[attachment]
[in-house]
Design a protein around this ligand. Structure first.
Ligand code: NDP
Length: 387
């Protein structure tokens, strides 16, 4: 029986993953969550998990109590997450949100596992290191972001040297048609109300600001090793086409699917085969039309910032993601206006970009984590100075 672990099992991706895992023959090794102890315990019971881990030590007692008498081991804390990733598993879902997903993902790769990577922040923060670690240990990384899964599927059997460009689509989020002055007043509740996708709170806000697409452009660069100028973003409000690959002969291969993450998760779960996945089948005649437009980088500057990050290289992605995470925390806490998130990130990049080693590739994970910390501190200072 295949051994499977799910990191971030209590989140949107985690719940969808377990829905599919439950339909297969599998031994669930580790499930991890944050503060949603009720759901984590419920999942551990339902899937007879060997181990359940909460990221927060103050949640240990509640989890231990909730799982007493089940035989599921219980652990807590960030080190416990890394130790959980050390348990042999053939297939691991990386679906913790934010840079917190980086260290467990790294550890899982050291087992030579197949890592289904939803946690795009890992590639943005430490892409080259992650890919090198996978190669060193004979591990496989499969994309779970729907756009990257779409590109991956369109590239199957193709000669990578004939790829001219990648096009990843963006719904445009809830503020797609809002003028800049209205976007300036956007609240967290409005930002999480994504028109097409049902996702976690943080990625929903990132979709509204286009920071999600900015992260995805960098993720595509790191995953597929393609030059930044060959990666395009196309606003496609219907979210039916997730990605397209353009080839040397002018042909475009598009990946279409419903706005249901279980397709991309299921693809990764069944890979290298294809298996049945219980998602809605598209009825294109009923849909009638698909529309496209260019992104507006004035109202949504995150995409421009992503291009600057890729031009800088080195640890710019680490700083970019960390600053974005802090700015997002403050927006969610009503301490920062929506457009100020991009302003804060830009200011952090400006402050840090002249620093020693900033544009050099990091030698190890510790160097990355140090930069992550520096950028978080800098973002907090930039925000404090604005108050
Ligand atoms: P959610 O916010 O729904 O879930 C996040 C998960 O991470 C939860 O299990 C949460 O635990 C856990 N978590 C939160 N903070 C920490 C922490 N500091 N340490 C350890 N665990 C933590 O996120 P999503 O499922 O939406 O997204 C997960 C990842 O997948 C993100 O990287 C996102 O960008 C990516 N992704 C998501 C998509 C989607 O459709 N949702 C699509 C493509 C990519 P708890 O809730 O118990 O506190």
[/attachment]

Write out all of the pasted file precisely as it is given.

[in-house]
Design a protein around this ligand. Structure first.
Ligand code: NDP
Length: 387
């Protein structure tokens, strides 16, 4: 029986993953969550998990109590997450949100596992290191972001040297048609109300600001090793086409699917085969039309910032993601206006970009984590100075 672990099992991706895992023959090794102890315990019971881990030590007692008498081991804390990733598993879902997903993902790769990577922040923060670690240990990384899964599927059997460009689509989020002055007043509740996708709170806000697409452009660069100028973003409000690959002969291969993450998760779960996945089948005649437009980088500057990050290289992605995470925390806490998130990130990049080693590739994970910390501190200072 295949051994499977799910990191971030209590989140949107985690719940969808377990829905599919439950339909297969599998031994669930580790499930991890944050503060949603009720759901984590419920999942551990339902899937007879060997181990359940909460990221927060103050949640240990509640989890231990909730799982007493089940035989599921219980652990807590960030080190416990890394130790959980050390348990042999053939297939691991990386679906913790934010840079917190980086260290467990790294550890899982050291087992030579197949890592289904939803946690795009890992590639943005430490892409080259992650890919090198996978190669060193004979591990496989499969994309779970729907756009990257779409590109991956369109590239199957193709000669990578004939790829001219990648096009990843963006719904445009809830503020797609809002003028800049209205976007300036956007609240967290409005930002999480994504028109097409049902996702976690943080990625929903990132979709509204286009920071999600900015992260995805960098993720595509790191995953597929393609030059930044060959990666395009196309606003496609219907979210039916997730990605397209353009080839040397002018042909475009598009990946279409419903706005249901279980397709991309299921693809990764069944890979290298294809298996049945219980998602809605598209009825294109009923849909009638698909529309496209260019992104507006004035109202949504995150995409421009992503291009600057890729031009800088080195640890710019680490700083970019960390600053974005802090700015997002403050927006969610009503301490920062929506457009100020991009302003804060830009200011952090400006402050840090002249620093020693900033544009050099990091030698190890510790160097990355140090930069992550520096950028978080800098973002907090930039925000404090604005108050
Ligand atoms: P959610 O916010 O729904 O879930 C996040 C998960 O991470 C939860 O299990 C949460 O635990 C856990 N978590 C939160 N903070 C920490 C922490 N500091 N340490 C350890 N665990 C933590 O996120 P999503 O499922 O939406 O997204 C997960 C990842 O997948 C993100 O990287 C996102 O960008 C990516 N992704 C998501 C998509 C989607 O459709 N949702 C699509 C493509 C990519 P708890 O809730 O118990 O506190």